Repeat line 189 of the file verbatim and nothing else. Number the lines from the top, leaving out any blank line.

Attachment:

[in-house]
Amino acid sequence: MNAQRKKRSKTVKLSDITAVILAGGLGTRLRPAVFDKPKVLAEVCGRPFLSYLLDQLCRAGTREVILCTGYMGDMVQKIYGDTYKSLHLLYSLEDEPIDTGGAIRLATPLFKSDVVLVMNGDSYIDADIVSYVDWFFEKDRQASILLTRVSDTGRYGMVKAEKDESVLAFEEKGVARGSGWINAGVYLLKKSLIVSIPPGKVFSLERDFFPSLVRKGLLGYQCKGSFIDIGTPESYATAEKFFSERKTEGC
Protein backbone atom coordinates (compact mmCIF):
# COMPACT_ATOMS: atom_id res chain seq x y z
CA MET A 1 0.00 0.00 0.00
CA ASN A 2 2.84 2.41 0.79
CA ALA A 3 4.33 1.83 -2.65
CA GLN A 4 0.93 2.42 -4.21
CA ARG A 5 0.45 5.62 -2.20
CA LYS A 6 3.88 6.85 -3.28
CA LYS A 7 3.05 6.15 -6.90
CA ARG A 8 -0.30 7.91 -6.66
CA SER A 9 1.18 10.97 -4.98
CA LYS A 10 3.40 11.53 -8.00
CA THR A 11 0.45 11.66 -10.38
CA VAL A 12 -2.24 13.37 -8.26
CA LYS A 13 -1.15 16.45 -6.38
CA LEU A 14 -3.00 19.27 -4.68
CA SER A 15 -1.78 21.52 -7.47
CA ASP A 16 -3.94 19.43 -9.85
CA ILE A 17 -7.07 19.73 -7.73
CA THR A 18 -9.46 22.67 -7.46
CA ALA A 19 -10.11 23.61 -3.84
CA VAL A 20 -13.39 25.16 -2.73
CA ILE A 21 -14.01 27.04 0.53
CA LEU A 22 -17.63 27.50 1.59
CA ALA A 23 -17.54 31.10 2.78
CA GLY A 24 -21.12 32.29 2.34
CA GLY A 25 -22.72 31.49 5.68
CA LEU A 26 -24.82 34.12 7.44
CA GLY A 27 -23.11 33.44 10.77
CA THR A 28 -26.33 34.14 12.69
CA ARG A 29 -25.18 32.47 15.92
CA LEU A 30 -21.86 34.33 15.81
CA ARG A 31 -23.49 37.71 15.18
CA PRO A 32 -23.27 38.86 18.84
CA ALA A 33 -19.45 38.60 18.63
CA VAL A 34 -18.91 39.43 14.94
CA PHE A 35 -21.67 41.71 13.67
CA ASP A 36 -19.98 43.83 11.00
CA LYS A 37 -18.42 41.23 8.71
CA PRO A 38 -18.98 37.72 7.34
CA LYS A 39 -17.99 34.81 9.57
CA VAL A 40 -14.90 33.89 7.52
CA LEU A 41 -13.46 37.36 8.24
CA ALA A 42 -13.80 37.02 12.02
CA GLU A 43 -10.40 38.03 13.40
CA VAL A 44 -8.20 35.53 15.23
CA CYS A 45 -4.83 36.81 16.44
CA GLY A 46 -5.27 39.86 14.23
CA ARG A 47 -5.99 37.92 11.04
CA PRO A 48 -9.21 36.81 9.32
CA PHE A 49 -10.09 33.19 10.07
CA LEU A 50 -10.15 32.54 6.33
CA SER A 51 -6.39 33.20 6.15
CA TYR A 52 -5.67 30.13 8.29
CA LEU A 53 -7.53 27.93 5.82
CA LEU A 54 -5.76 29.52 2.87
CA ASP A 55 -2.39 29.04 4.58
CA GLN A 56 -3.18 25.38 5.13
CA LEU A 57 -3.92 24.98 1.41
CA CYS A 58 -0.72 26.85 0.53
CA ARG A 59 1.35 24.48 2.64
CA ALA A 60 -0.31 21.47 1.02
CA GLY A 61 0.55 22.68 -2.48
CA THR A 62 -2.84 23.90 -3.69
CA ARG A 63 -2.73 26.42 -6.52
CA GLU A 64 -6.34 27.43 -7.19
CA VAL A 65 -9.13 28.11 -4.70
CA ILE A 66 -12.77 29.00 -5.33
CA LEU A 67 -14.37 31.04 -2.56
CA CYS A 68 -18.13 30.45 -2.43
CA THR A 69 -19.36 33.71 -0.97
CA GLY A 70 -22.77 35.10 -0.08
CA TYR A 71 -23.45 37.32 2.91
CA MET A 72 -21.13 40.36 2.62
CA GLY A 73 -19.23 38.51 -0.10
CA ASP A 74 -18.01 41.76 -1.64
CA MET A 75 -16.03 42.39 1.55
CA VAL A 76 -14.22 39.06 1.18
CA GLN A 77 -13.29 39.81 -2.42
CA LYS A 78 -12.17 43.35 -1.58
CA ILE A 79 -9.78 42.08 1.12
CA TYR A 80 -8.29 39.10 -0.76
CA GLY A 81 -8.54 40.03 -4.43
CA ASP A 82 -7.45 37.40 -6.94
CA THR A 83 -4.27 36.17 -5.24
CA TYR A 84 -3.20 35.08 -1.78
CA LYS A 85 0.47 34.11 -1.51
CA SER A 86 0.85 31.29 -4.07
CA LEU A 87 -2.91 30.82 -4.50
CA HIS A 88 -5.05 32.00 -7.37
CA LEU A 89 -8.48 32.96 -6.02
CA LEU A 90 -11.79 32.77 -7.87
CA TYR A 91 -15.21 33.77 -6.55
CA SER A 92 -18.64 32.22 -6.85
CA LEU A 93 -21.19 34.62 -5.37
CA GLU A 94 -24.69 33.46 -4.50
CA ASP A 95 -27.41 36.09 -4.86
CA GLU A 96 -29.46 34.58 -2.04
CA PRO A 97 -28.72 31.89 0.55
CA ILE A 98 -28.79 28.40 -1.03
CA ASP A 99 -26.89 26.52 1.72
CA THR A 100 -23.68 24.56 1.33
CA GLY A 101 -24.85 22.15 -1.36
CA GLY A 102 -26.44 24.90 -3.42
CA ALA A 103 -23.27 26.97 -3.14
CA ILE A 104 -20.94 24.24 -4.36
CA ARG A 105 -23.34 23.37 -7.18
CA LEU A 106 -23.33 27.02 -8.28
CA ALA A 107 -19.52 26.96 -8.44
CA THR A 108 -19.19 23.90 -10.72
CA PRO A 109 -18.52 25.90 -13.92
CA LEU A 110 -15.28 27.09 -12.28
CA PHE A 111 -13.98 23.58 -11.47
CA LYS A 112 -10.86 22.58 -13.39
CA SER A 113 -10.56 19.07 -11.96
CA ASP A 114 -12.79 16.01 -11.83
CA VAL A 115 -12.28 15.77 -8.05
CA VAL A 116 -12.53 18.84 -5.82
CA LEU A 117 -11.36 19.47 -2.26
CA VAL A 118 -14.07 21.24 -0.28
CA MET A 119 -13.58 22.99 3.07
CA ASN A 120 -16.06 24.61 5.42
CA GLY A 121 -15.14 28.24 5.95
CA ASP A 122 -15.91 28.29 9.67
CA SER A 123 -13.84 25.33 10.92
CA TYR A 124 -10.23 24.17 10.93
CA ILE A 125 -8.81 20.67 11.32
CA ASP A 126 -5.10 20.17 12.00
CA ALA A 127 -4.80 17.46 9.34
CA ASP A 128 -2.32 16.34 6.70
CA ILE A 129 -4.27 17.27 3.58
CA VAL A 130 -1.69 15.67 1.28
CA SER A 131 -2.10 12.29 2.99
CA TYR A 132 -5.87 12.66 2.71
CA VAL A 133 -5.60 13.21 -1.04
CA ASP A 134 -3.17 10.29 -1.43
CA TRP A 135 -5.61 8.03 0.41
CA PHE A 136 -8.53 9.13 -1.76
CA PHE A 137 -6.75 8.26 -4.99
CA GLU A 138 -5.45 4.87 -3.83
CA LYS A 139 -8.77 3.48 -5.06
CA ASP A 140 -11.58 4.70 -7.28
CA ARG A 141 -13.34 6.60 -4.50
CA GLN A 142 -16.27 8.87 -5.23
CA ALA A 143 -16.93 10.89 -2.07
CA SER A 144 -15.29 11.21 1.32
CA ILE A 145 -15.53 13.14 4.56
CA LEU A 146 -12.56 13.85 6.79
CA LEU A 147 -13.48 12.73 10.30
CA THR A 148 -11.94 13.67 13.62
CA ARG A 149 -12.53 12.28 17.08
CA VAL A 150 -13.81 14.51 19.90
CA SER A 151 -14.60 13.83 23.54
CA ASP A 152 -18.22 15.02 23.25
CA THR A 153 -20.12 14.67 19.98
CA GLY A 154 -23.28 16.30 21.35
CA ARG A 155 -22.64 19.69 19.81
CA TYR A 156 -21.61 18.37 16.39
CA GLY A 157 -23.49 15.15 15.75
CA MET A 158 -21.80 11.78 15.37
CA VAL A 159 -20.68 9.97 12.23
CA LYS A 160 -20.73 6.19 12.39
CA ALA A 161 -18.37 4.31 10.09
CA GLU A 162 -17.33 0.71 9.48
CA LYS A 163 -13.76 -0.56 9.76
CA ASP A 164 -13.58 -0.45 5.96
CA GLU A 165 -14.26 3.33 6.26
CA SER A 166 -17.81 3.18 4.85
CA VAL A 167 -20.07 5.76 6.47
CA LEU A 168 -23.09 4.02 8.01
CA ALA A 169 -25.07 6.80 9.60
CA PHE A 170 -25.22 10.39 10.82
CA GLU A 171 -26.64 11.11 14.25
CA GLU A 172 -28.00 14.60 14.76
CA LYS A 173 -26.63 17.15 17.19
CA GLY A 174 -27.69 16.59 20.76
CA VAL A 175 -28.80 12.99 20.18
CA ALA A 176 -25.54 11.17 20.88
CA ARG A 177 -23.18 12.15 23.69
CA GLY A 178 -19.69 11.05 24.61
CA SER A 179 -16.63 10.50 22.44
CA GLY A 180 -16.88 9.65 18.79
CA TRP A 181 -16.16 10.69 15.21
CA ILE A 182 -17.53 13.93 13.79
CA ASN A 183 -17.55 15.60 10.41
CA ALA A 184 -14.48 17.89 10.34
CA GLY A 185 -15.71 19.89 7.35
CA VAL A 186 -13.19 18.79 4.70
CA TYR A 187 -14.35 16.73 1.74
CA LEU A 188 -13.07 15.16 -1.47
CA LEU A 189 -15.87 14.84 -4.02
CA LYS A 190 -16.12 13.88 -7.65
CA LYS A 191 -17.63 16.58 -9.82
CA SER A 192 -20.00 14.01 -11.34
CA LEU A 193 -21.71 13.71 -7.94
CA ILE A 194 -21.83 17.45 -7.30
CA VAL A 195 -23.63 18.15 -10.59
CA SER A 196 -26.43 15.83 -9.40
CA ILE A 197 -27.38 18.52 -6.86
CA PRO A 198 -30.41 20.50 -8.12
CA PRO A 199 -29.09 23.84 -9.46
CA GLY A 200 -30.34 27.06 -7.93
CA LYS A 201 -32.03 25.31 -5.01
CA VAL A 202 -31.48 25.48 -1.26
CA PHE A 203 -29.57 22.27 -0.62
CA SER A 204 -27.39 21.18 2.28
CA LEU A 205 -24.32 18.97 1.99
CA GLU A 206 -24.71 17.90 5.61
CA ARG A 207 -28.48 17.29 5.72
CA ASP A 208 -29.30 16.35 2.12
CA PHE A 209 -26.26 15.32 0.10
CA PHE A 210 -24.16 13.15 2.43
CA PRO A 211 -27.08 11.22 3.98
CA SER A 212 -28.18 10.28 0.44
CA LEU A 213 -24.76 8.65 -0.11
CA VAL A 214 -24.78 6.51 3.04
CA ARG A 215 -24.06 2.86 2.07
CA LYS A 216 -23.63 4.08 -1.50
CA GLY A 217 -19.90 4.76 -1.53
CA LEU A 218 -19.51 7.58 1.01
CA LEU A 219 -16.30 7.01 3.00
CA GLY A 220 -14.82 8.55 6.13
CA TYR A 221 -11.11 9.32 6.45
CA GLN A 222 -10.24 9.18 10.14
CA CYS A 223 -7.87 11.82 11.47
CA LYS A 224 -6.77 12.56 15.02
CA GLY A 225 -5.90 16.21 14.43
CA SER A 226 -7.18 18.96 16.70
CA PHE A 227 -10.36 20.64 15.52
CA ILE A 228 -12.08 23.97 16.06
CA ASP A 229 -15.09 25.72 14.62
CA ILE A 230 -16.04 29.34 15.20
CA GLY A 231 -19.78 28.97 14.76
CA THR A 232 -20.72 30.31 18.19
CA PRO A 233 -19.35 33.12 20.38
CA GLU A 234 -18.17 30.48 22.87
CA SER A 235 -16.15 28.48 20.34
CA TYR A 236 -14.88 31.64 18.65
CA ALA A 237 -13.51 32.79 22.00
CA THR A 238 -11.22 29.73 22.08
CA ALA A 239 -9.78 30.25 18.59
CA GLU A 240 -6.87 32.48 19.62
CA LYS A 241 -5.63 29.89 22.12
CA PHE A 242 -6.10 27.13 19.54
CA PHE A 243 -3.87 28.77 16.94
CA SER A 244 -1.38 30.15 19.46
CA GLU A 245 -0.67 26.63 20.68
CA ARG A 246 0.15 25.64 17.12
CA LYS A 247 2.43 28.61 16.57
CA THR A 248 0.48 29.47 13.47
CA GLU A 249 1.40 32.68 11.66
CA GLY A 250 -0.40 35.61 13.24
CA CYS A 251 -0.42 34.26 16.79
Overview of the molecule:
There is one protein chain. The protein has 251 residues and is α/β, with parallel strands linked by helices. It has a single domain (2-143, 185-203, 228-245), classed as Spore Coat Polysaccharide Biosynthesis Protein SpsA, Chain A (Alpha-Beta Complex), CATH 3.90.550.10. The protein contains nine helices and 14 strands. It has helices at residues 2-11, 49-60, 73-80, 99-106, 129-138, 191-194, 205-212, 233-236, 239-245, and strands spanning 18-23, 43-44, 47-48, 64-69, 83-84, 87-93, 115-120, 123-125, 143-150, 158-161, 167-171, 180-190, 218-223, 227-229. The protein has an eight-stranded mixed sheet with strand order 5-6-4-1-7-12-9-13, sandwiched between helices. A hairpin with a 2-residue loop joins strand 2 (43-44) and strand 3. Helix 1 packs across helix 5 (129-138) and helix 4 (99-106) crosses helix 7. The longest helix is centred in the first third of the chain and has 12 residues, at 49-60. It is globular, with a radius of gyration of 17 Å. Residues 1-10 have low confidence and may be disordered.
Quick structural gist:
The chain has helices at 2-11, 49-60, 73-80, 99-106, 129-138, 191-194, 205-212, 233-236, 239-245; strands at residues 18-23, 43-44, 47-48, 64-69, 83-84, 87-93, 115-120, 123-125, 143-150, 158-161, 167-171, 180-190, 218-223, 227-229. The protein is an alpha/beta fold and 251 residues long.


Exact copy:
CA GLY A 185 -15.71 19.89 7.35